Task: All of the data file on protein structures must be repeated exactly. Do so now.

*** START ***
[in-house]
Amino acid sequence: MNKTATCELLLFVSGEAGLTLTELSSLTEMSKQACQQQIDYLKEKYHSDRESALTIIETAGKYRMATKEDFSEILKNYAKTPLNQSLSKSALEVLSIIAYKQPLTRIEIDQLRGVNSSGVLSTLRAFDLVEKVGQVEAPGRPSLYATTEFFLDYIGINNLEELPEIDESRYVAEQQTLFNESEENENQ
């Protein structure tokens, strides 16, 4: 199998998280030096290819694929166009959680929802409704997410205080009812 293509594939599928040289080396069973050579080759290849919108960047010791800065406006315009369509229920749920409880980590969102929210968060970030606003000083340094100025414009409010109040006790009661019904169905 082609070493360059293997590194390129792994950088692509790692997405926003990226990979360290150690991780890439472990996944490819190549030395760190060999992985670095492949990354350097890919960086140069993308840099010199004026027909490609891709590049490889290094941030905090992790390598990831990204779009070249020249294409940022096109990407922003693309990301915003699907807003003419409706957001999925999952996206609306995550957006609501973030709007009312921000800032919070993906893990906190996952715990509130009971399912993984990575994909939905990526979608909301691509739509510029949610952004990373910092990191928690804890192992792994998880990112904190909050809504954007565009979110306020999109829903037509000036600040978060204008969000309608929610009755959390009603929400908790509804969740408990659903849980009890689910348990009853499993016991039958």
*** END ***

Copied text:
[in-house]
Amino acid sequence: MNKTATCELLLFVSGEAGLTLTELSSLTEMSKQACQQQIDYLKEKYHSDRESALTIIETAGKYRMATKEDFSEILKNYAKTPLNQSLSKSALEVLSIIAYKQPLTRIEIDQLRGVNSSGVLSTLRAFDLVEKVGQVEAPGRPSLYATTEFFLDYIGINNLEELPEIDESRYVAEQQTLFNESEENENQ
């Protein structure tokens, strides 16, 4: 199998998280030096290819694929166009959680929802409704997410205080009812 293509594939599928040289080396069973050579080759290849919108960047010791800065406006315009369509229920749920409880980590969102929210968060970030606003000083340094100025414009409010109040006790009661019904169905 082609070493360059293997590194390129792994950088692509790692997405926003990226990979360290150690991780890439472990996944490819190549030395760190060999992985670095492949990354350097890919960086140069993308840099010199004026027909490609891709590049490889290094941030905090992790390598990831990204779009070249020249294409940022096109990407922003693309990301915003699907807003003419409706957001999925999952996206609306995550957006609501973030709007009312921000800032919070993906893990906190996952715990509130009971399912993984990575994909939905990526979608909301691509739509510029949610952004990373910092990191928690804890192992792994998880990112904190909050809504954007565009979110306020999109829903037509000036600040978060204008969000309608929610009755959390009603929400908790509804969740408990659903849980009890689910348990009853499993016991039958």